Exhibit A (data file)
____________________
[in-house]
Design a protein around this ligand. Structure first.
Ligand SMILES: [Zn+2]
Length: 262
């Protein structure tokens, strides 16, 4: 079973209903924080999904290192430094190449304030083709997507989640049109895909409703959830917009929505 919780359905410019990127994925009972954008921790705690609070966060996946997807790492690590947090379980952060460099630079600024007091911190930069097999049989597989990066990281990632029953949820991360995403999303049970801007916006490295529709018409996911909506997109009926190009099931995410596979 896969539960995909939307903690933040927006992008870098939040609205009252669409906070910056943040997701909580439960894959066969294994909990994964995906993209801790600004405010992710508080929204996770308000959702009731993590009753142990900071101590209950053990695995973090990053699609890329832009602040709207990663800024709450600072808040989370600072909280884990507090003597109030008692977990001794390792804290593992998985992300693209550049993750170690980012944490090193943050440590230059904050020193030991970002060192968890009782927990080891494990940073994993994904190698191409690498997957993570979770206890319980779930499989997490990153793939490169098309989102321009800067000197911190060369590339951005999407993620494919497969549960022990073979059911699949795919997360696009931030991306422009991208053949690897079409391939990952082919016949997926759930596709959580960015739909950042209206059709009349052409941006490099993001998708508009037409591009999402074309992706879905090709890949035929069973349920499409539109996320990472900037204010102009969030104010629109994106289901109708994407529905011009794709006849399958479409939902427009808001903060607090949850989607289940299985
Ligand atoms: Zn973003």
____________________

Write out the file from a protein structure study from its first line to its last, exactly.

[in-house]
Design a protein around this ligand. Structure first.
Ligand SMILES: [Zn+2]
Length: 262
């Protein structure tokens, strides 16, 4: 079973209903924080999904290192430094190449304030083709997507989640049109895909409703959830917009929505 919780359905410019990127994925009972954008921790705690609070966060996946997807790492690590947090379980952060460099630079600024007091911190930069097999049989597989990066990281990632029953949820991360995403999303049970801007916006490295529709018409996911909506997109009926190009099931995410596979 896969539960995909939307903690933040927006992008870098939040609205009252669409906070910056943040997701909580439960894959066969294994909990994964995906993209801790600004405010992710508080929204996770308000959702009731993590009753142990900071101590209950053990695995973090990053699609890329832009602040709207990663800024709450600072808040989370600072909280884990507090003597109030008692977990001794390792804290593992998985992300693209550049993750170690980012944490090193943050440590230059904050020193030991970002060192968890009782927990080891494990940073994993994904190698191409690498997957993570979770206890319980779930499989997490990153793939490169098309989102321009800067000197911190060369590339951005999407993620494919497969549960022990073979059911699949795919997360696009931030991306422009991208053949690897079409391939990952082919016949997926759930596709959580960015739909950042209206059709009349052409941006490099993001998708508009037409591009999402074309992706879905090709890949035929069973349920499409539109996320990472900037204010102009969030104010629109994106289901109708994407529905011009794709006849399958479409939902427009808001903060607090949850989607289940299985
Ligand atoms: Zn973003």